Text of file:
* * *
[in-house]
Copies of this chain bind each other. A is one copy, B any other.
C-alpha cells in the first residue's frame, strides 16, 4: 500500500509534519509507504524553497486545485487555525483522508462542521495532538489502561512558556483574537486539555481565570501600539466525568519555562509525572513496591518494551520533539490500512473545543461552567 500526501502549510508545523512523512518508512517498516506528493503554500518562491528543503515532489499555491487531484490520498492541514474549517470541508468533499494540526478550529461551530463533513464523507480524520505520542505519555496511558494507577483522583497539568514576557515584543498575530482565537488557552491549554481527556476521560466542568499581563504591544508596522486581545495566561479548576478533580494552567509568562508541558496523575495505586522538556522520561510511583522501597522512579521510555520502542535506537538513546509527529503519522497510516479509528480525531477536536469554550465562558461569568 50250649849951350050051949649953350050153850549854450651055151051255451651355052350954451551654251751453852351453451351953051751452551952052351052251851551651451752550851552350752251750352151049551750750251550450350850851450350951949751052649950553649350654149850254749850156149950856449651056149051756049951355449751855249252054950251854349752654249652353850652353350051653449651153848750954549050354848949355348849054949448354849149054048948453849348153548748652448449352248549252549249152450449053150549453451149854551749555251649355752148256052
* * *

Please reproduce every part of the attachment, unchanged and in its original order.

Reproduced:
[in-house]
Copies of this chain bind each other. A is one copy, B any other.
C-alpha cells in the first residue's frame, strides 16, 4: 500500500509534519509507504524553497486545485487555525483522508462542521495532538489502561512558556483574537486539555481565570501600539466525568519555562509525572513496591518494551520533539490500512473545543461552567 500526501502549510508545523512523512518508512517498516506528493503554500518562491528543503515532489499555491487531484490520498492541514474549517470541508468533499494540526478550529461551530463533513464523507480524520505520542505519555496511558494507577483522583497539568514576557515584543498575530482565537488557552491549554481527556476521560466542568499581563504591544508596522486581545495566561479548576478533580494552567509568562508541558496523575495505586522538556522520561510511583522501597522512579521510555520502542535506537538513546509527529503519522497510516479509528480525531477536536469554550465562558461569568 50250649849951350050051949649953350050153850549854450651055151051255451651355052350954451551654251751453852351453451351953051751452551952052351052251851551651451752550851552350752251750352151049551750750251550450350850851450350951949751052649950553649350654149850254749850156149950856449651056149051756049951355449751855249252054950251854349752654249652353850652353350051653449651153848750954549050354848949355348849054949448354849149054048948453849348153548748652448449352248549252549249152450449053150549453451149854551749555251649355752148256052